Charities and campaign groups have reacted with dismay at the government’s proposals on rivers and waterways, with targets only set for reducing individual types of pollution rather than offering an overall target for ecological improvement.
Dr Richard Benwell CEO of Wildlife and Countryside Link said the targets “could give the impression of progress, while allowing the real-world condition of our rivers and streams to decline”.
The government’s nature recovery green paper, now open for consultation, sets out new targets and strategies for improving nature and biodiversity in the UK following Brexit.
In particular, the paper sets out how the UK plans to achieve its target of halting decline in nature by 2030, mandated in the Environment Act which passed last year.
New targets proposed in the paper cover improvements in water and air quality as well as the diversity of wildlife. Further detail on how the government will achieve its promise to designate 30 per cent of land to nature by 2030 is also outlined.
The quality of UK rivers and waterways has been the subject of heated public debate in recent years, with testing showing that every English river failed a pollution test in 2020.
Pollution in rivers derives from several sources, including agricultural runoff and car tyres, though raw sewage dumped into rivers by water companies is a particularly notorious contributor.
With data showing that water companies are dumping sewage into waterways thousands of times each year, the public has exerted strong pressure on the government to act on the issue in recent months.
The new nature recovery paper, however, sets no overall target on the condition of rivers and streams beyond 2027, when the target mandated under the EU’s Water Framework Directive expires.
Instead the paper focuses only on sources of pollution, with one target including a reduction in nitrogen, phosphorus and sediment pollution from agriculture to the water environment “by at least 40 per cent by 2037 against a 2018 baseline”.
Benwell warned the targets “miss out major sources of pollution from water and sewage companies, depend on unreliable methods of measurement and set no ambition at all for the overall quality of our rivers”.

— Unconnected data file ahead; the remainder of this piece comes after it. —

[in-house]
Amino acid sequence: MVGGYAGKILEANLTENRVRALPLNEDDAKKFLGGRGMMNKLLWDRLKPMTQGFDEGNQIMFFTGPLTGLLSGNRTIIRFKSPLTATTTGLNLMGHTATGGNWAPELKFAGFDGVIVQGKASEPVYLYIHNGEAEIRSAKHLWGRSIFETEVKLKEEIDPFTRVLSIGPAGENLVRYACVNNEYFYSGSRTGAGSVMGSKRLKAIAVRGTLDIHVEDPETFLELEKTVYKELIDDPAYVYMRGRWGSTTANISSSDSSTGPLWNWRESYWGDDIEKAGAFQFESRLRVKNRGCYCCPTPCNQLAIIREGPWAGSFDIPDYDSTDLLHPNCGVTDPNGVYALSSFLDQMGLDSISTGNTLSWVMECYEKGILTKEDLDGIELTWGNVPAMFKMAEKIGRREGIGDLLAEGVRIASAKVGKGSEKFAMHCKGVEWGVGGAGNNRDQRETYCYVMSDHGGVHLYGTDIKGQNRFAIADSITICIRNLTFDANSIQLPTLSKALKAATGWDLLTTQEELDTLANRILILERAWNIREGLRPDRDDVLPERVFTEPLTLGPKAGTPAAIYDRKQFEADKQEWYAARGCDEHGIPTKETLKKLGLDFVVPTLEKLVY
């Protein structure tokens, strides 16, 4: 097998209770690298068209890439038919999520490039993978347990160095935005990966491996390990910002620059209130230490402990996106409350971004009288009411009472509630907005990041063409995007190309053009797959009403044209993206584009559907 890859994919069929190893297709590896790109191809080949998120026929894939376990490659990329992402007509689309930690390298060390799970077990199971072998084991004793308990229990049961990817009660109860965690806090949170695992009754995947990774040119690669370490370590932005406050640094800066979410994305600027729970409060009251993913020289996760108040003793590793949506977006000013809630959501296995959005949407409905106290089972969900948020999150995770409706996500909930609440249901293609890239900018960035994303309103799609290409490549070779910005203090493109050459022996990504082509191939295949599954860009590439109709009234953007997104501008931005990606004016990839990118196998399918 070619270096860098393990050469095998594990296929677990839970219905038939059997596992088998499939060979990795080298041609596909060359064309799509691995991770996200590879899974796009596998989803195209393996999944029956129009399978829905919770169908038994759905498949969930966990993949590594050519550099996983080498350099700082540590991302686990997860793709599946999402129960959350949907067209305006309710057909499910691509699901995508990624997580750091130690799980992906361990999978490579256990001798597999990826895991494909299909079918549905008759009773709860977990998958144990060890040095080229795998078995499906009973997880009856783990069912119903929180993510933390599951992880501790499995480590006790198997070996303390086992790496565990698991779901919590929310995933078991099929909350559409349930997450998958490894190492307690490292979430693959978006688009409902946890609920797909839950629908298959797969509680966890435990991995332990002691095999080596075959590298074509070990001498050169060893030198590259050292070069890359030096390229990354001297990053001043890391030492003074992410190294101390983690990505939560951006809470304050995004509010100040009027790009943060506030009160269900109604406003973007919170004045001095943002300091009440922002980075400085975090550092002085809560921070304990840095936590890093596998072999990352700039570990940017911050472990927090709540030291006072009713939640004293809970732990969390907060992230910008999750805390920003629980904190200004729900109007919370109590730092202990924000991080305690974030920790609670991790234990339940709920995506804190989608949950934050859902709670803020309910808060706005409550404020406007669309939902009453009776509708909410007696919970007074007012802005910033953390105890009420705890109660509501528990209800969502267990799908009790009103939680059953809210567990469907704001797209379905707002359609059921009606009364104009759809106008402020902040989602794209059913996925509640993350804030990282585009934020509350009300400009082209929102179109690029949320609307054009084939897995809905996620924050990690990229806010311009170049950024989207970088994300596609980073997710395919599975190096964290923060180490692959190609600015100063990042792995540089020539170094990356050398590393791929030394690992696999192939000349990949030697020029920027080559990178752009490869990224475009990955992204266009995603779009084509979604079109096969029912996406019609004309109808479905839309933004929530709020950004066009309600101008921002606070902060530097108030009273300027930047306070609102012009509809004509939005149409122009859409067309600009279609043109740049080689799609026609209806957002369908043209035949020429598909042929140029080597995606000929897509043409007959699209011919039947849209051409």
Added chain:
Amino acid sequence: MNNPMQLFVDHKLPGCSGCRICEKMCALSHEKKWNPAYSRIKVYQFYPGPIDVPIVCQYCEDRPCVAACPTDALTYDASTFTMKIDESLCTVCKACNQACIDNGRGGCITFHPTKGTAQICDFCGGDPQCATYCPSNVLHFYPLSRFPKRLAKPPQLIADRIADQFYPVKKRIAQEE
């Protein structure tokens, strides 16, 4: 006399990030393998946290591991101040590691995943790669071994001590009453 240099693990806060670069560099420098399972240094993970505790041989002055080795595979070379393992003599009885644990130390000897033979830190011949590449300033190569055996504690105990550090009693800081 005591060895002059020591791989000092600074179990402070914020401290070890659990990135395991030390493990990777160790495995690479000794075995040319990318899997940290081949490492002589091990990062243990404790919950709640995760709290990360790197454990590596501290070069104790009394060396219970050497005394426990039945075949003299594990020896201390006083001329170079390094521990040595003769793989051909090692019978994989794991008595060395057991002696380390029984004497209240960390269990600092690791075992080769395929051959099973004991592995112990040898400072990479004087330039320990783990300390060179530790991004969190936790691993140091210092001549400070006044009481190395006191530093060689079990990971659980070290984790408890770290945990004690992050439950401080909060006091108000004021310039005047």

His comments were echoed by Ruth Chambers from the Greener UK coalition, who said “long term targets” are needed to restore nature and clean up rivers.
“It’s hard to see [the targets] making the necessary changes at the necessary speed”, she added.
Concerns have also been raised over other proposals outlined in the paper, particularly around biodiversity targets.
The green paper has proposed an increase of species abundance of at least 10 per cent by 2042 compared to 2030 levels.
Benwell points out even if biodiversity declines at a slower rate in the eight years to 2030, an increase of 10 per cent from that point will “almost certainly mean that wildlife populations are lower in 20 years’ time than they are today”.
“We fully support the government’s world-leading target to halt the decline of wildlife by 2030, which we campaigned for in the Environment Act.
“But the government must raise its sights on today’s proposals or fall far short of the aim of restoring our environment. We can’t afford to take 20 years to stand still on nature’s recovery,” he said.
A spokesperson for Defra said:The Water Framework Directive is enshrined in UK law. For England, this means achieving Good Ecological Status for 75% of water bodies by 2027.
“The Water Framework Directive is enshrined in UK law. For England, this means achieving Good Ecological Status for 75% of water bodies by 2027
“It is clear this is a challenging goal, for the UK and for other comparable European states. But achieving that goal is not to be the end of the story. Once achieved, we are required to continue to maintain Good Ecological Status at that level into the future, and the River Basin Management Planning process is a key mechanism for achieving this.”
You can respond to the government’s nature recovery consultation by following this link.
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